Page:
AI is the method by which self-driving cars perceive joggers, cyclists, traffic lights, road signs, trees, shrubs, and more, and it informs the way in which they choose to behave when encountered with those signals. The vehicles in Waymo’s fleet aren’t an exception to the rule — they tap AI to make real-time driving decisions, in part by matching obstacles spotted by their onboard sensors to the billions of objects in the Alphabet company’s database.
Large data sets are invaluable in the autonomous driving domain because they enable the underpinning AI to self-improve. But it’s been historically tough for engineers to surface samples within those sets without investing time and manual effort. That’s why Waymo developed what it calls Content Search, which draws on tech similar to that which powers Google Photos and Google Image Search to let data scientists quickly locate almost any object in Waymo’s driving history and logs.
Waymo previously collaborated with Alphabet’s DeepMind on AI techniques inspired by evolutionary biology. The latter’s PBT (Population Based Training), which starts with multiple machine learning models and replaces underperforming members with “offspring,” managed to reduce false positives by 24% in pedestrian, bicyclist, and motorcyclist recognition tasks while cutting training time and computational resources in half. In point of fact, following a pilot study, PBT was integrated directly with Waymo’s technical infrastructure, enabling researchers from across the company to apply it with a button click.
Mining for data
Waymo notes that the Waymo Driver — its stack of driverless vehicle perception and decision-making technologies — is fleet-aware, so that everything one car learns can be shared among the rest. (The Chrysler Pacifica minivans like those deployed as part of Waymo One, Waymo’s commercial robo-taxi service, exchange information about hazards and route changes via a set of dual wireless modems.) That’s especially useful in light of emerging trends in transportation, such as the recent rise in the popularity of electric scooters and bicycles.
“Waymo Driver regularly encounters new forms of transportation,” explained Waymo in a blog post. “So we want to continually train our system to ensure that we can not only distinguish between a vehicle and a cyclist, but also between a pedestrian and a person on a scooter.”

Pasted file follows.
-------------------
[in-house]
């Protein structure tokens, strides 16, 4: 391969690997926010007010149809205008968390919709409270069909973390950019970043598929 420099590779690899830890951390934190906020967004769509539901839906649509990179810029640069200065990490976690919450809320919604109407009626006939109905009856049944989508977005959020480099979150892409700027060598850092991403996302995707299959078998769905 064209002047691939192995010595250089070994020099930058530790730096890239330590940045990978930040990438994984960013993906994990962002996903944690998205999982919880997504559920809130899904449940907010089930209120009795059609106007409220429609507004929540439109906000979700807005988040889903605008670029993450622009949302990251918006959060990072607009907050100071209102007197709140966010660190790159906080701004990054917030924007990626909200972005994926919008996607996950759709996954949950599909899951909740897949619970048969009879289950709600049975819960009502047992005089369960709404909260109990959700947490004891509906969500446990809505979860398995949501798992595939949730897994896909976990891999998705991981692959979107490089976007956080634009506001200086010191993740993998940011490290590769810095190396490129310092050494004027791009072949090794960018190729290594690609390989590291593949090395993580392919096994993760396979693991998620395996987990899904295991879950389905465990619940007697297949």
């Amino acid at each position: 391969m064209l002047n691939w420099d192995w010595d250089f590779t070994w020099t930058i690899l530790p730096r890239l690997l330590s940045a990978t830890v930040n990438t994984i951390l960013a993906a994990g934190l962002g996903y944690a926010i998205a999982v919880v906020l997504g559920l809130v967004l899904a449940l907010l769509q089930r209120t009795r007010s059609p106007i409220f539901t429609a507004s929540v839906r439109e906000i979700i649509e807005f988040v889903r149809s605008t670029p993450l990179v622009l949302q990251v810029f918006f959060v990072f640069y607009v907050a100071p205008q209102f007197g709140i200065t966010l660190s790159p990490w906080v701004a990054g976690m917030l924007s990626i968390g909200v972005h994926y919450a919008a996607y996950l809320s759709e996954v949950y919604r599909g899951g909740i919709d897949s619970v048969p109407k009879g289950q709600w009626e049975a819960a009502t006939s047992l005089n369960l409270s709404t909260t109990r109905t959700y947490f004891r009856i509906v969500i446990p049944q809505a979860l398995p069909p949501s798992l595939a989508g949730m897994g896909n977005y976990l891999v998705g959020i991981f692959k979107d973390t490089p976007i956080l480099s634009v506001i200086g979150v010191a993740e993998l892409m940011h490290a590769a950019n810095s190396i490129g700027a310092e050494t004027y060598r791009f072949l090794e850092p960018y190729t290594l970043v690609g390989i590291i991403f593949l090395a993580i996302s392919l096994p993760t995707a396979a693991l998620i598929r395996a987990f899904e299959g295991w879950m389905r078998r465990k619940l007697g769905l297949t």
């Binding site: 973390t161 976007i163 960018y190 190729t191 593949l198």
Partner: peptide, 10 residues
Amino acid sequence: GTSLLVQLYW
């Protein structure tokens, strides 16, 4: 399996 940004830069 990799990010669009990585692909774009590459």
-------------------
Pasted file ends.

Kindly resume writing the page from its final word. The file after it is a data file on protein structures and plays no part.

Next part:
In the past, Waymo researchers had to rely on heuristic methods to find distinct samples in Waymo’s logs, many of which simply parsed data based on various features (i.e., an object’s estimated speed and height). For instance, to locate examples of people riding on escooters, a Waymo engineer might have specified that they wished to see objects of a certain height traveling between 0 and 20 miles per hour. But the results were often too broad.
By contrast, Content Search approaches this sort of data mining task as a search problem. It indexes catalogs of data, conducting similarity searches to pinpoint objects in “ultra-fine-grained categories” and identify text, which allows it to find items similar to logged objects by running image comparison queries. Given an image of a cactus, say — whether a cactus from driving history or even a drawing of a cactus — Content Search returns instances where Waymo’s self-driving vehicles observed similar-looking objects.
Machine learning inside
Content Seach works its magic by converting every object in Waymo’s driving logs — whether a park bench, a trash can near the side of the road, or a moving object — into embeddings, or mathematical representations derived from attributes. This lets the tool rank objects by how similar they are to each other, akin to the process employed by Google’s real-time embedding similarities matching service. Better still, it enables Content Search to compare queries against images in the data logs and locate similar objects in a matter of seconds.
Generalizing and detecting even a single class of object is no walk in the park, Waymo points out — objects vary in shape, form, and type and range from plastic bags to tire scraps to cardboard boxes and lost pairs of pants. The company’s engineers train a range of AI with diverse examples to help classify items familiar and unfamiliar, and they use a backend for Content Search that employs a categorical AI model to understand whether an object category is present in an image. Plus, they maintain a state-of-the-art optical character recognition model to annotate driving logs based on text and words found in a scene, enabling Content Search to comprehend things like road signs, emergency vehicles, and other cars and trucks with signage (like the “oversized” notice on a large truck).
This allows Waymo’s engineers to perform niche searches on objects that share a particular trait, such as the make and model of a car or even specific breeds of dogs.
“With Content Search, we’re able to automatically annotate … objects in our driving history which in turn has exponentially increased the speed and quality of data we send for labeling,” wrote Waymo. “The ability to accelerate labeling has contributed to many improvements across our system, from detecting school buses with children about to step onto the sidewalk or people riding electric scooters to a cat or a dog crossing a street. As Waymo expands to more cities, we’ll continue to encounter new objects and scenarios.”